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02 May 2018 Photo Charl Devenish
South Campus UAP celebrates 27 years of access to education
Mr Francois Marais, Prof Kalie Strydom, Prof Daniella Coetzee (South Campus Principal), Prof Francis Petersen, Dr Nthabeleng Rammile (Vice-Chairperson of the UFS Council), and Dr Khotso Mokhele (Chancellor of the UFS).

More than 27 years ago, international funding from the Human Sciences Research Council and Anglo American was put to an unusual use for that time. Prof Kalie Strydom’s research unit at the University of the Free State (UFS) was tasked with reviewing how institutional missions would change in the new South Africa. Prof Strydom worked closely with surrounding communities in Bloemfontein to develop a bridging course which would help students who showed potential to access tertiary education, although they did not meet the requirements. His vision brought to birth the University Access Programme (UAP), as it is known today, which is hosted on the UFS South Campus, and is still providing unique access to higher-education institutions in South Africa.

People with a passion for human development
March 2018 saw the 27th anniversary of this remarkable initiative, which has given a second chance to over 18 000 students. Special guests at the event included Prof Strydom, Mr Francois Marais, and representatives from the Department of Higher Education and Training and Investec’s corporate social investment office.

Dr Sonja Loots, researcher in the UFS Centre for Teaching and Learning (CTL), singled out two key individuals in the formation of the UAP: Prof Kalie Strydom, who initiated the programme, and Mr Marais, who has been Director of the UAP since its inception. Dr Loots highlighted one of the driving forces behind Prof Strydom’s perseverance, vision, and determination with the UAP by quoting from an interview with him for an upcoming book on student access and success. He said, “It was a decision based on principle … to be part of the solution to a better country.”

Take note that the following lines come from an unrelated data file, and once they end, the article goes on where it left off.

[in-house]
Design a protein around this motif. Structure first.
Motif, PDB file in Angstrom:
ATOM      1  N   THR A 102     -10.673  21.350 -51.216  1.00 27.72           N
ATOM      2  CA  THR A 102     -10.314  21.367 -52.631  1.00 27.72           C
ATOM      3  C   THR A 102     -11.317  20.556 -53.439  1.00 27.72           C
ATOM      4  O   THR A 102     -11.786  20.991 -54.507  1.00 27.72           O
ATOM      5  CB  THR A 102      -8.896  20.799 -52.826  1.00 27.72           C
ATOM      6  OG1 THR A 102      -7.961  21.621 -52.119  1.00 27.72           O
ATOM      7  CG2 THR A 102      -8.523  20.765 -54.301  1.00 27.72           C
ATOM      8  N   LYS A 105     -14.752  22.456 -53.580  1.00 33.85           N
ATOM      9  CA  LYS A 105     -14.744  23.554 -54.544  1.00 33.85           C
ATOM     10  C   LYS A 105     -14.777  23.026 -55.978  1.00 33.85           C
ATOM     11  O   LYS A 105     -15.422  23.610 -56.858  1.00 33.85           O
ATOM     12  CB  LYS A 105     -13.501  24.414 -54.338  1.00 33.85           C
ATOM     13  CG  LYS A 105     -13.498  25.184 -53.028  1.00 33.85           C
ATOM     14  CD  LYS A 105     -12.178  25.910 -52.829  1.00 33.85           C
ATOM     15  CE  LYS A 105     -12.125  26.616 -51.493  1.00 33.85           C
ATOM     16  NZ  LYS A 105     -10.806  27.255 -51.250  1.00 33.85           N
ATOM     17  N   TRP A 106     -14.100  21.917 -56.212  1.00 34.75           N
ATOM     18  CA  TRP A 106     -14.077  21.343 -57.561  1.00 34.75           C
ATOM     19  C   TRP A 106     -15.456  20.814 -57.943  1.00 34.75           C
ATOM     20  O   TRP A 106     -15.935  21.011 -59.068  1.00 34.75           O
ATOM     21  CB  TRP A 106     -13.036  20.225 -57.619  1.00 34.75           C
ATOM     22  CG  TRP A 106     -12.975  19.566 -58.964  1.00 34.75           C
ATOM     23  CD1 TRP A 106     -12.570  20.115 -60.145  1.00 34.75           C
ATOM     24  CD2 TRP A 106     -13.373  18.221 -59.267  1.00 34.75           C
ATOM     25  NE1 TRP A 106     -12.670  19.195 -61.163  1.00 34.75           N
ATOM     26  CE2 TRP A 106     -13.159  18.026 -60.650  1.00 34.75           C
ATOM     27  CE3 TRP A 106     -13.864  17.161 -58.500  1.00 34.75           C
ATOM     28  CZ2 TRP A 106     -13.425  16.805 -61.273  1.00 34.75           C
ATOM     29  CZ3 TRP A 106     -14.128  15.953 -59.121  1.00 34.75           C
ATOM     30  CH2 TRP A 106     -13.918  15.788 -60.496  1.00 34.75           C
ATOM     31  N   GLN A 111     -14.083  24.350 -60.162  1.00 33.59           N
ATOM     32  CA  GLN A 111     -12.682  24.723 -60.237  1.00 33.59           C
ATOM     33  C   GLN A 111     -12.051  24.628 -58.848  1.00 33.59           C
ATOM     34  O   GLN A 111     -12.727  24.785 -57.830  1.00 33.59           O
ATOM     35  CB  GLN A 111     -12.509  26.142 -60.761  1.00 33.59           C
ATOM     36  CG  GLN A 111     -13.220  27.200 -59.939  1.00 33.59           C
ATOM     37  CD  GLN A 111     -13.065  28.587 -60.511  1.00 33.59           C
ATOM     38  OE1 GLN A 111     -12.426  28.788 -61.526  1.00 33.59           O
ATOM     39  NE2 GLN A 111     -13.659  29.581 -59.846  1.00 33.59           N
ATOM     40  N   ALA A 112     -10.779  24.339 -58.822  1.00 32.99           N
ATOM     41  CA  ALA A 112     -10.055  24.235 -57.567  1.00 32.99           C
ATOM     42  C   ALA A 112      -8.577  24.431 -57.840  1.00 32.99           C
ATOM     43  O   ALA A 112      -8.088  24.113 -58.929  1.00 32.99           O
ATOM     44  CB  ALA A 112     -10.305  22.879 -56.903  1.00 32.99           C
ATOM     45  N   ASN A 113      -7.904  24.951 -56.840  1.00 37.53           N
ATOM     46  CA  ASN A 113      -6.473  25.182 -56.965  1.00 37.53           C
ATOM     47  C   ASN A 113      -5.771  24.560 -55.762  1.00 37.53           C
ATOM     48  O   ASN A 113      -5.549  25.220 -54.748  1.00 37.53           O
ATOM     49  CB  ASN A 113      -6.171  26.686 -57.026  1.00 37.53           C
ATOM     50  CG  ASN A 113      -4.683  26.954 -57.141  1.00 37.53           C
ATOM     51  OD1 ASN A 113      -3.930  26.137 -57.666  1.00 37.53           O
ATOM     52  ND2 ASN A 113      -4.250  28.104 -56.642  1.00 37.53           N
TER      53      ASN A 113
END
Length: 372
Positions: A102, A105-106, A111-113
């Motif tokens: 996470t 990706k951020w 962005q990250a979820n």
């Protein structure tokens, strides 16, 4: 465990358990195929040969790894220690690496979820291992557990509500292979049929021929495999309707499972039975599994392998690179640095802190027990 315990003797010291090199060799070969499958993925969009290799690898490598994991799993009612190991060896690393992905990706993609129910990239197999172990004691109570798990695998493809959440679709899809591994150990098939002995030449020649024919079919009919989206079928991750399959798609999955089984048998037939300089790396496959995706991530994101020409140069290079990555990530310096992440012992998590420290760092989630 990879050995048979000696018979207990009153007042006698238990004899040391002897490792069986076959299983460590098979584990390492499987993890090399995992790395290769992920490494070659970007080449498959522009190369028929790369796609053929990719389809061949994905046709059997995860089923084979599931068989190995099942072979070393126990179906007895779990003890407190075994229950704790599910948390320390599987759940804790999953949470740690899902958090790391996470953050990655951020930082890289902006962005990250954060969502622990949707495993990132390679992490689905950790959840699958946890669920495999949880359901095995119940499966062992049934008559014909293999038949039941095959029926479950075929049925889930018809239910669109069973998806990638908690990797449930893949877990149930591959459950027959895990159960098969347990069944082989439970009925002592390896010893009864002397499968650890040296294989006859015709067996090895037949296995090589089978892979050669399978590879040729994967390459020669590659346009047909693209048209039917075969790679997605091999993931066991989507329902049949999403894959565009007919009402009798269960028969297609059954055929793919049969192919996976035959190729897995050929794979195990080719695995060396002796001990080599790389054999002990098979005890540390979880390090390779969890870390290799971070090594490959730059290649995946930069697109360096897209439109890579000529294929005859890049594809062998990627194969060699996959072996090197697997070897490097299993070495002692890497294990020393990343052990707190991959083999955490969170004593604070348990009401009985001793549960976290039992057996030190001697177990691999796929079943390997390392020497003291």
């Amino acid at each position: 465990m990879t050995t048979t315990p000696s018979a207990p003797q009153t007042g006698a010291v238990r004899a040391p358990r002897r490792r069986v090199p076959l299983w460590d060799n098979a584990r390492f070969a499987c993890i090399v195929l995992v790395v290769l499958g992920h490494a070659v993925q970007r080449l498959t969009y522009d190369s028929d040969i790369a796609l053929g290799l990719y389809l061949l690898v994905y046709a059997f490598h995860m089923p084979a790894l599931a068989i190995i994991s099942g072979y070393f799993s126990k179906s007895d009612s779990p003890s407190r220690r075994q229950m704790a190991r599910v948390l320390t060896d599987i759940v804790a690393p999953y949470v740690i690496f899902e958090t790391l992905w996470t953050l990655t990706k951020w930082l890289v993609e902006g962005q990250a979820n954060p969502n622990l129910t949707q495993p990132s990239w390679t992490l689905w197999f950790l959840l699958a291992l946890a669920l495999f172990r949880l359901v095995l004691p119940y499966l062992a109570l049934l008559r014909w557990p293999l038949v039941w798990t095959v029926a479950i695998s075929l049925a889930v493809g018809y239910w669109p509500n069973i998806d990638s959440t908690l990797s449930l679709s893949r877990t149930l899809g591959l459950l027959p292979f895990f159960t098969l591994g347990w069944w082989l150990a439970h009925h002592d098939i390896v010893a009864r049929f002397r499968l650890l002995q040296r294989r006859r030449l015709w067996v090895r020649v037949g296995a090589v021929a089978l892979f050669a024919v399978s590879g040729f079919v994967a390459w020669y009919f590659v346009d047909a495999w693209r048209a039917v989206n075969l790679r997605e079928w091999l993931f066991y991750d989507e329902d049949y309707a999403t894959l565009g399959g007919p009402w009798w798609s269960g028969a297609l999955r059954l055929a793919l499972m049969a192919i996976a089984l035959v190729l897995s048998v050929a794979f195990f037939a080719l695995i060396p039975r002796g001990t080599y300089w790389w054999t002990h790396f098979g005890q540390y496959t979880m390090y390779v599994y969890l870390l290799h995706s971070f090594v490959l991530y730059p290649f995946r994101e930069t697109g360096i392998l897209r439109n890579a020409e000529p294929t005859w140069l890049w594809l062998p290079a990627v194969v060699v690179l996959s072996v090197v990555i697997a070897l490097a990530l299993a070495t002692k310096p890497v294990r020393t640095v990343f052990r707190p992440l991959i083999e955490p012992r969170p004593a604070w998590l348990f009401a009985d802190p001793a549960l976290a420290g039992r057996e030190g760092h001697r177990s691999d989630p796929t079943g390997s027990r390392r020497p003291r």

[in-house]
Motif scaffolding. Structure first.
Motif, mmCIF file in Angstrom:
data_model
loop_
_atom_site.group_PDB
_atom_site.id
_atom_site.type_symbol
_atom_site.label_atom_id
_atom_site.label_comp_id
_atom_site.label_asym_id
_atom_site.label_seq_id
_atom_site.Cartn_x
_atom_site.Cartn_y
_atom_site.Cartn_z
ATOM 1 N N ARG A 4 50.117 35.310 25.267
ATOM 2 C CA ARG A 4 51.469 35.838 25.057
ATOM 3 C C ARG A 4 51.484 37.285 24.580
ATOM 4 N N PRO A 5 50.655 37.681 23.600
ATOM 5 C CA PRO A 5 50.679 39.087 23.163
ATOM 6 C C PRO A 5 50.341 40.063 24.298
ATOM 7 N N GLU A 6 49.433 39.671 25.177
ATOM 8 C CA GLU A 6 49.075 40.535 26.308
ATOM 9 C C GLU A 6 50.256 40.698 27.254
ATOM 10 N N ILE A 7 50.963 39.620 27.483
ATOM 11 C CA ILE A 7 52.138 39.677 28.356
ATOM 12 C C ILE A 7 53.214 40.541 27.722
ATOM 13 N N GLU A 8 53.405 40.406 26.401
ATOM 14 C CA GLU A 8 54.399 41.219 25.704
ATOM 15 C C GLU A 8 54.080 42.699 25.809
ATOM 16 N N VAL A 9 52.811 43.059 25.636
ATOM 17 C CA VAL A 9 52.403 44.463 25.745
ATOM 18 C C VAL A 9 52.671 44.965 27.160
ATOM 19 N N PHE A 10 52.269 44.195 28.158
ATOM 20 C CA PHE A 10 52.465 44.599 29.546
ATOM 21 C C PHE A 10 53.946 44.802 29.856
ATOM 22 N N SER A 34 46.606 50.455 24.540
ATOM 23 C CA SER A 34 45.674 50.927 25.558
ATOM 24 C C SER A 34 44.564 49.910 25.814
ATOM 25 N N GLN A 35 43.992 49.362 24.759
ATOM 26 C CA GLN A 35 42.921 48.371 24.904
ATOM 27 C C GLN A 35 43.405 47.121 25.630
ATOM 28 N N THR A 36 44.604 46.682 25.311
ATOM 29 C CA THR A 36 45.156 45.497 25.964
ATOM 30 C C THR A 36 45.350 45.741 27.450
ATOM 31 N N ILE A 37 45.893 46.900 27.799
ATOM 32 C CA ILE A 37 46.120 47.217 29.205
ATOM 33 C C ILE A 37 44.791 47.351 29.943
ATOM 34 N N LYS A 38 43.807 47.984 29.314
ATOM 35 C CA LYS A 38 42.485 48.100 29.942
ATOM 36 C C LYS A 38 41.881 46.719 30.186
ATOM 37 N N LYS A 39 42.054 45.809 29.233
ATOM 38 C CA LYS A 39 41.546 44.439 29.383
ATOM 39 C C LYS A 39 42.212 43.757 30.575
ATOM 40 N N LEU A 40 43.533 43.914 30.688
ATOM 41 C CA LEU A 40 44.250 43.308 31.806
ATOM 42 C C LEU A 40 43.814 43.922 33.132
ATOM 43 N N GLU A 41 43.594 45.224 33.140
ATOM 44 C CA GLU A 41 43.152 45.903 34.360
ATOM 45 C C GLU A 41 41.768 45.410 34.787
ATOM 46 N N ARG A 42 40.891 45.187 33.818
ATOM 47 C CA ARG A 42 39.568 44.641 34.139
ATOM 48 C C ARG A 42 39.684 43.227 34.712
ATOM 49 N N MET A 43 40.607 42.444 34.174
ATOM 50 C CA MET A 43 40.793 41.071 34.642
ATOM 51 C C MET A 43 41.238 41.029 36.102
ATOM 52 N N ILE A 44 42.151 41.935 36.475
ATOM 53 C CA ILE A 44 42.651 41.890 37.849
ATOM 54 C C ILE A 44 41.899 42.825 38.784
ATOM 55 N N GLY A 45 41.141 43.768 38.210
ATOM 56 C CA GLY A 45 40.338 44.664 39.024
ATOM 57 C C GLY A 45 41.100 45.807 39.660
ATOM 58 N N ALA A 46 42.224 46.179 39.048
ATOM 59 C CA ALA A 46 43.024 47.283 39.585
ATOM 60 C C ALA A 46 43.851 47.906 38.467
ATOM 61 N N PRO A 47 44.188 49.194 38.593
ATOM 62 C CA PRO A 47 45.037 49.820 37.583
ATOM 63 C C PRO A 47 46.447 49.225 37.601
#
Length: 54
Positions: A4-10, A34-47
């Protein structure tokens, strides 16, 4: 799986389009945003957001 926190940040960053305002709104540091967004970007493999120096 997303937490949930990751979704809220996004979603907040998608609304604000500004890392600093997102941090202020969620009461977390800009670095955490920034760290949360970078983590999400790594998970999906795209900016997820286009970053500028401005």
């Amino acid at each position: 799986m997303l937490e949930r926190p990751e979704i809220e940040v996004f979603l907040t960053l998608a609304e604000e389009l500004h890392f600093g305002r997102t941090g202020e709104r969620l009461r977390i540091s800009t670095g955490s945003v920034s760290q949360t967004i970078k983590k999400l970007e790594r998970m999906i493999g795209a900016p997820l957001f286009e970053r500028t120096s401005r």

Access and success still an issue today
In his presentation on the “Importance of Access”, Prof Francis Petersen, Rector and Vice-Chancellor of the UFS, pointed out the vital role of access in South Africa, especially the value it offers for the betterment of the country’s people. However, he said that student success is also an issue, and institutions need to be accountable for it. Quoting Prof John Martin of the University of Cape Town’s Faculty of Engineering, “We must be flexible on access, but robust on success.” Only by “closing the loop” in this way, can the UFS and other higher-education institutions ensure a valuable contribution to the economy of the country.

News Archive

Award-winning artist and UFS intertwine
2017-06-10

Description: Nomusa Makhubu Tags: Nomusa Makhubu

Nomusa Makhubu’s work will be exhibited for the next
few weeks at the Johannes Stegmann Art Gallery.
Photo: Kara Schoeman

“It is this sense of ownership, or the loss thereof, that I would still like to explore.” Exploring issues of identity, and more particularly, the sensitive issue of representation through the medium of photography, is exactly what Nomusa Makhubu sets out to do in her exhibition entitled Intertwined 2005 – 2017.

The issue of self-representation
This solo exhibition is a survey of Makhubu’s practice as a lens-based artist working mainly with portraiture, performance and space-time politics. Her exhibition includes the series entitled, Trading Lies, Self-Portrait Project, Inquietude, The Flood and In Living Colour.

The exhibition, in association with Erdmann Contemporary, is on display in the Johannes Stegmann Art Gallery at the University of the Free State from 24 May to 23 June 2017. She has exhibited in Africa, Europe, the US, and China.

Throughout this exhibition, Makhubu focuses on the issue of self-representation, but also brings in geographical locations to question the assumed universality and objectivity of time and place.

Not only an artist, but a writer too
As an award-winning artist, academic and a full-time lecturer at Michaelis School of Fine Art at the University of Cape Town, Makhubu is a force to be reckoned with in the art world. She has also contributed her writing to Critical Arts, African Arts, the Journal of African Cultural Studies and Third Text, as well as other book projects and catalogues.

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